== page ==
BT-Unet: A self-supervised learning framework for biomedical image segmentation using Barlow Twins

Publication details

The paper is under review and can be referred from the arXiv preprint here.


In biomedical image segmentation, one of the major challenges is concerned with the limited annotated data availability. Motivated by the emerging self-supervised learning technology, we address this issue by proposing a BT-Unet framework that can be trained efficiently with limited samples for biomedical image segmentation. The framework exhibits the potential to enhance the segmentation performance of the U-Net models. The framework performs pre-training of U-Net encoder network with redundancy reduction based Barlow Twins strategy to learn feature representations in an unsupervised manner and later the U-Net model is fine-tuned for downstream segmentation task with limited annotated samples. This framework reduces the dependency of the U-Net models for a huge amount of training data to achieve the best segmentation results.


  • The challenge of limited biomedical annotated data availability is addressed by integrating redundancy reduction based self-supervised learning approach with U-Net segmentation models.
  • The pre-training of the U-Net encoder is performed with the Barlow Twins strategy to learn feature representations in an unsupervised manner (without data annotations).
  • The effect of pre-training on biomedical image segmentation performance is analyzed with multiple U-Net models over diverse datasets.
  • The source code is available on my GitHub page here.


The schematic representation of the proposed model is shown in Fig. 1. The BT-Unet framework is divided into two phases: 1) Pre-training and 2) Fine-tuning. In pre-training, the aim is to learn the complex feature representations using unannotated data samples. Here, the encoder network of the U-Net model is pre-trained using BT self-supervised learning strategy. Initially, the input image is augmented or corrupted with certain distortions such as random crop and rotations to generate two distorted images. Each augmented image is analyzed with a U-Net encoder followed by a projection network to generate encoded feature representations in desired dimensions. The projection network follows from the feature maps produced by the encoder network with global average pooling and blocks of fully connected layers, ReLU activation and batch normalization (FC + ReLU + BN), and final encoded feature representations are generated by another FC layer. Following from the empirical observations, the number of neurons in each fully connected layer is kept half of the spatial dimension of an input image for efficient pre-training, e.g., if input, I\in \mathbb{R}^{s\times{s} \times{c}} then the number of neurons are s/2, where s is a spatial dimension of an image. The number of neurons could be further increased but at the cost of heavy computation. However, no significant improvement was observed with increased dimensions. Since, in later layers, the network learns task specific features that are not aligned with the downstream segmentation task, hence the weights learned by the projection network can be neglected, whereas the weights of the entire encoder network can be transferred to the U-Net model. In the second phase, the weights of the encoder network in the U-Net model are initialized with pre-trained weights (from the first phase), whereas the rest of the network is initialized with default weights. Finally, the U-Net model is fine-tuned with limited annotated samples for the biomedical image segmentation.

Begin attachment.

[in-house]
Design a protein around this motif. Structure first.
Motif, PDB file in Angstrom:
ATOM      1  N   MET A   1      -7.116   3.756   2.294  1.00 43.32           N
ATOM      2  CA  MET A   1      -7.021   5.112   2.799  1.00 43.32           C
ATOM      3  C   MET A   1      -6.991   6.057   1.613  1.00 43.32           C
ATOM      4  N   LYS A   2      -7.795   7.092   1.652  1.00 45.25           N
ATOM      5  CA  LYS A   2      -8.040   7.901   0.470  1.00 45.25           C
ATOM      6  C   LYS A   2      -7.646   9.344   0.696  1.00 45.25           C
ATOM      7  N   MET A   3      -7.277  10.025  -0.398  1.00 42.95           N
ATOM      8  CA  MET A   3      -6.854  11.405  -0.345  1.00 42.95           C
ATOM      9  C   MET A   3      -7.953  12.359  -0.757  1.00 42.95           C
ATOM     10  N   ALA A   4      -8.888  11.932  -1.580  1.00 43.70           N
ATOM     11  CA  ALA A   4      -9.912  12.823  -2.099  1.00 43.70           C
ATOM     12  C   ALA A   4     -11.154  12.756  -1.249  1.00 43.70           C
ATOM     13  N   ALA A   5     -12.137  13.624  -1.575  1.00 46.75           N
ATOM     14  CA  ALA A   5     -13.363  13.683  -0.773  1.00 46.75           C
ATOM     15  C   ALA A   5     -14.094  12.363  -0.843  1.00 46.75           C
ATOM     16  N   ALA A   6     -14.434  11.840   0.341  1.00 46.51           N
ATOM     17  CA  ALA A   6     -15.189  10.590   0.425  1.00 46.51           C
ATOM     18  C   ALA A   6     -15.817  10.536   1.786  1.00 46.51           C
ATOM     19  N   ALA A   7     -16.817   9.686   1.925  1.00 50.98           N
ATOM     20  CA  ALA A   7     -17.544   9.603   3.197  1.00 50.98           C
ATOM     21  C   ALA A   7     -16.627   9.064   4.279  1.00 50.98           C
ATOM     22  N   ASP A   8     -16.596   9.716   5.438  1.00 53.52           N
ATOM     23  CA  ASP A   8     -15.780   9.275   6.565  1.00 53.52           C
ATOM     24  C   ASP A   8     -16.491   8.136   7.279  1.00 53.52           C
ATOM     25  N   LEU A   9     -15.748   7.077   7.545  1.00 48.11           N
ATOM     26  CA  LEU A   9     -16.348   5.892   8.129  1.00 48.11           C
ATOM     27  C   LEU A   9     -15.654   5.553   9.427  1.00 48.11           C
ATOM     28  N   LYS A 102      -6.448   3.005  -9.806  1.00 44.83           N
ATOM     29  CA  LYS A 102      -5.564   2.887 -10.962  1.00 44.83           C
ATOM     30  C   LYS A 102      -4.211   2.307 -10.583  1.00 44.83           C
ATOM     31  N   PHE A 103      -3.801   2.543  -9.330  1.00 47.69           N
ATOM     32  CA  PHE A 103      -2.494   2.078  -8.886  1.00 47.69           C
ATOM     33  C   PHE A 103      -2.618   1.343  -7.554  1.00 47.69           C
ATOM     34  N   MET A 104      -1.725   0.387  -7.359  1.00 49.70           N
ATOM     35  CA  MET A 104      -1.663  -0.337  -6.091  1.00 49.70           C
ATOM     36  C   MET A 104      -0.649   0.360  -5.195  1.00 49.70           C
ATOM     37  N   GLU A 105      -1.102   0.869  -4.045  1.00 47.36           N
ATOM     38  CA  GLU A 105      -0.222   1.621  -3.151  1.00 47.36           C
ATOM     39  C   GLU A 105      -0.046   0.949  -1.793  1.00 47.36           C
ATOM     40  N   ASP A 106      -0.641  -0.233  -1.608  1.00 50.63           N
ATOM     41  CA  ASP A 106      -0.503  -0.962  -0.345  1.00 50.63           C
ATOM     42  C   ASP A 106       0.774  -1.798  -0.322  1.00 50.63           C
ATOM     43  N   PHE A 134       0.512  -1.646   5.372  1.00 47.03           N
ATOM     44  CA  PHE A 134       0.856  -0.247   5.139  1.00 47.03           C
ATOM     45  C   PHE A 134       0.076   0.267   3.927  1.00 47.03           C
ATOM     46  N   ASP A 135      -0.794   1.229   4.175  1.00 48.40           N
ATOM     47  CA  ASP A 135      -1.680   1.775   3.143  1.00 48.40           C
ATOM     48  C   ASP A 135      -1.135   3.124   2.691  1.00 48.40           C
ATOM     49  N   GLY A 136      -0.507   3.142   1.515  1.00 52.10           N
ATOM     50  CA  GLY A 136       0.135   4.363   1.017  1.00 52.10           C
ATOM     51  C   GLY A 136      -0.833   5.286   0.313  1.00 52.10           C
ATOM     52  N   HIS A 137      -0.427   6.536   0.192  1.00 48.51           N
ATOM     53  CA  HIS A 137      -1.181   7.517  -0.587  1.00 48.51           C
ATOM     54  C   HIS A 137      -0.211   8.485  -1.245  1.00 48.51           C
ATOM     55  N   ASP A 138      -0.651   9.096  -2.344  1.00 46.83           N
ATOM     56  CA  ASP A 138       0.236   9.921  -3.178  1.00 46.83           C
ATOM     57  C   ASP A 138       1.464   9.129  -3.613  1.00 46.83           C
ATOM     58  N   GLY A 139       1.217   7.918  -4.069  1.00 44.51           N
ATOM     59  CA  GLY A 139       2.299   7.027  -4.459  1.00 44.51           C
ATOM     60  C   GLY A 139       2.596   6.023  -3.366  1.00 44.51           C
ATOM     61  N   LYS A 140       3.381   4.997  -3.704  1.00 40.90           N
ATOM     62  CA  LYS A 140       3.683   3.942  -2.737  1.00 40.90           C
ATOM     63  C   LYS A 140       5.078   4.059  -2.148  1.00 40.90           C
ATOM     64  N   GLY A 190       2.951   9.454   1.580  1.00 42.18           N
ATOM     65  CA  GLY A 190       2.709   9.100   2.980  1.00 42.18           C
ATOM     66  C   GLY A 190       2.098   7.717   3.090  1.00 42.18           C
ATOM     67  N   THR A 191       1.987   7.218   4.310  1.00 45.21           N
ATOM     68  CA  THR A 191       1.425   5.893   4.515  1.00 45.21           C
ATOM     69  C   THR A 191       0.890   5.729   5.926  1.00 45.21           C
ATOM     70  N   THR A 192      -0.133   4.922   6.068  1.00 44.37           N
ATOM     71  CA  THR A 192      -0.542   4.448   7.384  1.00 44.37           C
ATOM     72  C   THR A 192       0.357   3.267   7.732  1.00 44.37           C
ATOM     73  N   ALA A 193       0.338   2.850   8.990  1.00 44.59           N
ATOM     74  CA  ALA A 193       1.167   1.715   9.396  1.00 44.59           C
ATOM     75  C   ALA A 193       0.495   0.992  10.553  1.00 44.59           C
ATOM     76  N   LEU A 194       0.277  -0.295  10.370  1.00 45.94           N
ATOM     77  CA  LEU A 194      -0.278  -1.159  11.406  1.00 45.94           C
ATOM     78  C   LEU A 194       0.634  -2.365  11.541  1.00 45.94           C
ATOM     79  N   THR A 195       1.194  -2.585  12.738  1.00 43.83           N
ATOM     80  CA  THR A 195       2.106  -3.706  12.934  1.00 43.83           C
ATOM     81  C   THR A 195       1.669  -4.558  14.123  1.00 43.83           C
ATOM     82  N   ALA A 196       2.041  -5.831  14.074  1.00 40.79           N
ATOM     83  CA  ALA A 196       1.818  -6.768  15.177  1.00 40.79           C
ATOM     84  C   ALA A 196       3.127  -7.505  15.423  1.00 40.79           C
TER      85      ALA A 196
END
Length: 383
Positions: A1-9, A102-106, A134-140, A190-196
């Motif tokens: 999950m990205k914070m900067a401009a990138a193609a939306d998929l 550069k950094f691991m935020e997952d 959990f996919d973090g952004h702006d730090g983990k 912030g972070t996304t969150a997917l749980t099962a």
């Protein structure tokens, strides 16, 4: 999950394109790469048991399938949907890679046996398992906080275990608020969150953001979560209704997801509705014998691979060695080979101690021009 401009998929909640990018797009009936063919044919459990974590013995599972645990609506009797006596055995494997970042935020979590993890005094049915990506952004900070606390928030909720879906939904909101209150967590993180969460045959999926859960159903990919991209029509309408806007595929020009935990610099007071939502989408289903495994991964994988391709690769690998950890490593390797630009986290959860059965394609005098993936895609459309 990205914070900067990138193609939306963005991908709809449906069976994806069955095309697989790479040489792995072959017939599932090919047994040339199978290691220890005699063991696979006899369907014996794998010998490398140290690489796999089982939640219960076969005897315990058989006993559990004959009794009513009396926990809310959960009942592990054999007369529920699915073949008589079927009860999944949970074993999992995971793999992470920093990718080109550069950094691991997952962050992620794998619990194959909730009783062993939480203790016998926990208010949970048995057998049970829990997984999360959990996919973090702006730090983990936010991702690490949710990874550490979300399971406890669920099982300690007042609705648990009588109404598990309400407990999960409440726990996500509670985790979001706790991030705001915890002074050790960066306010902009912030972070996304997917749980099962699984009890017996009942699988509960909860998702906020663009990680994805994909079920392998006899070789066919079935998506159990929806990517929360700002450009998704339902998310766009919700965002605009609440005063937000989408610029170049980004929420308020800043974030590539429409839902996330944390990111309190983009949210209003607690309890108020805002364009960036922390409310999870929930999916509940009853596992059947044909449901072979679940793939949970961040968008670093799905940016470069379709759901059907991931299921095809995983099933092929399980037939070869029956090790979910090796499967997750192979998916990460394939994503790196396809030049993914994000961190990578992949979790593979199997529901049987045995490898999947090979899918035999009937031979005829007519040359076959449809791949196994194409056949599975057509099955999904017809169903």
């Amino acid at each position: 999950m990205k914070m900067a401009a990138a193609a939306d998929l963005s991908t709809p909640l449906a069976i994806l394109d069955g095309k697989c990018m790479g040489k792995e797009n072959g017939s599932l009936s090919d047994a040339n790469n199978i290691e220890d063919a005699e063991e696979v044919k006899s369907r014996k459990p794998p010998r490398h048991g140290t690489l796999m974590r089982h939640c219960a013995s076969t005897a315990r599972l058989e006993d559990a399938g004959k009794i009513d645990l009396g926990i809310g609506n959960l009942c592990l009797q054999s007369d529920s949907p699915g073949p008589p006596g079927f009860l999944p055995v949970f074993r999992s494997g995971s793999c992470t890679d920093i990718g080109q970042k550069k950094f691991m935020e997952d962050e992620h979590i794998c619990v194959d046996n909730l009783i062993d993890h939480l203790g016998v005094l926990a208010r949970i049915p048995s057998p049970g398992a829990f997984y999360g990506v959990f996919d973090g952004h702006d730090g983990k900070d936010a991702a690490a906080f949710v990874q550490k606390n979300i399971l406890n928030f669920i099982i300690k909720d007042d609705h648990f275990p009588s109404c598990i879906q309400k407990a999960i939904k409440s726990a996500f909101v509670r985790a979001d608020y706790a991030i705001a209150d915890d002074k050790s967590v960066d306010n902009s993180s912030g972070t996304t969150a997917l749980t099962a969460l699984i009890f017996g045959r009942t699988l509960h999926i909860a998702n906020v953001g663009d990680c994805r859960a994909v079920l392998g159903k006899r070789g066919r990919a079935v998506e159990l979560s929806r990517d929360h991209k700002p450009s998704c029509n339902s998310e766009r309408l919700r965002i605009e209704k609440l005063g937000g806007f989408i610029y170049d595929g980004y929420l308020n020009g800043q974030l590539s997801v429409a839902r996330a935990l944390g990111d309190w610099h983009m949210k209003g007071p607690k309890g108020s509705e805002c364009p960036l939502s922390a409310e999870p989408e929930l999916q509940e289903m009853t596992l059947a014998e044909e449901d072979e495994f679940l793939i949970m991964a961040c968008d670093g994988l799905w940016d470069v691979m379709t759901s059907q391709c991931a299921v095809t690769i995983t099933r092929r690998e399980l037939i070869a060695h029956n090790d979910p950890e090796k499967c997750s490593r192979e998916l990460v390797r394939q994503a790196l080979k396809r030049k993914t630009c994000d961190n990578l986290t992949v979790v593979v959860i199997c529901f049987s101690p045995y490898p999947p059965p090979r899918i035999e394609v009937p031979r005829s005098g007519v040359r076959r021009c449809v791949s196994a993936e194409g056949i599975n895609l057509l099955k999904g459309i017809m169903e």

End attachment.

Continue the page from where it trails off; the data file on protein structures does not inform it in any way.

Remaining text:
Fig. 1 BT-Unet framework. a) Pre-training U-Net encoder network and b) Fine-tuning U-Net model that is initialized with pre-trained encoder weights.


Below Fig. 3 shows the segmentation results of the different segmentation models with and without the pre-training over diverse datasets. The models that are considered for experiments are vanilla U-Net, attention U-Net (A-Unet), inception U-Net (I-Unet) and residual cross-spatial attention guided inception U-Net (RCA-IUnet).

Fig. 2 Qualitative comparative analysis of the segmentation performance.

The framework is evaluated on four different biomedical imaging datasets and U-Net models, where we analyzed the percentage change in the performance of all the models with and without the Barlow Twins pre-training as shown in Fig. 3. For instance, the performance of the RCA-IUnet model increases in terms of dice coefficient (most common metric to measure segmentation performance) with 7.5%, 3.0%, 0.2% and 6.1% in KDSB18, BUSIS, ISIC18 and BraTS18 datasets respectively.

Performance change
Fig. 3 Impact of BT pre-training on segmentation performance of the U-Net models.


The BT-Unet framework uses redundancy reduction based Barlow Twins strategy for pre-training the encoder network of the U-Net model with feature representations of the data in an unsupervised manner, followed by fine-tuning of the U-Net model for downstream biomedical image segmentation task with limited annotated data samples. With exhaustive experimental trials, it is evident that BT-Unet tends to improve the segmentation performance of U-Net models in such situations. Moreover, this improvement is also influenced by the underlying encoder structure and nature of the biomedical image segmentation task.

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